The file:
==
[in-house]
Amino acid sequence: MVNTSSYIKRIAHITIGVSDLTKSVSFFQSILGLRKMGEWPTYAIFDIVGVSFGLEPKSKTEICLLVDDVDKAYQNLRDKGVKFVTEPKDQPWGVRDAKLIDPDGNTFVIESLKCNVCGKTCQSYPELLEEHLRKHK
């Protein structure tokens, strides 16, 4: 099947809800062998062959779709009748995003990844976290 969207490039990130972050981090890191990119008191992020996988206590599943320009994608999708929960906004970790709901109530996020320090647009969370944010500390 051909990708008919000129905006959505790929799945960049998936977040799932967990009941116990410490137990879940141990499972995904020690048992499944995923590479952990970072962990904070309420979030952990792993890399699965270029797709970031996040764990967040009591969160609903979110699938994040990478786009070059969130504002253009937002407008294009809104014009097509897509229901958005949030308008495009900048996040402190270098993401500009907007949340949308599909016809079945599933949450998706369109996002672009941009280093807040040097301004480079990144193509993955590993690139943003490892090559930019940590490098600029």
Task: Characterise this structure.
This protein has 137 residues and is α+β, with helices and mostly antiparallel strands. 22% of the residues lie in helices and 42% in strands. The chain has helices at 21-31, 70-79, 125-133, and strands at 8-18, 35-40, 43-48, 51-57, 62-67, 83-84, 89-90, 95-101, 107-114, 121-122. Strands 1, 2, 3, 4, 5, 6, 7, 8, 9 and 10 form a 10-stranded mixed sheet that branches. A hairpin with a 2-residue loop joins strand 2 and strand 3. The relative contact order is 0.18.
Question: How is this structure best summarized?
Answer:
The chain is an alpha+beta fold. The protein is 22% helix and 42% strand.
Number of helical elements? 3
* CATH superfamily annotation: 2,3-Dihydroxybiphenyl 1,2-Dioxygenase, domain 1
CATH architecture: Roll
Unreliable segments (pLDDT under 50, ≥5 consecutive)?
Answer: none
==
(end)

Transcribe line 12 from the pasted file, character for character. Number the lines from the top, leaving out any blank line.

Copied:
Unreliable segments (pLDDT under 50, ≥5 consecutive)?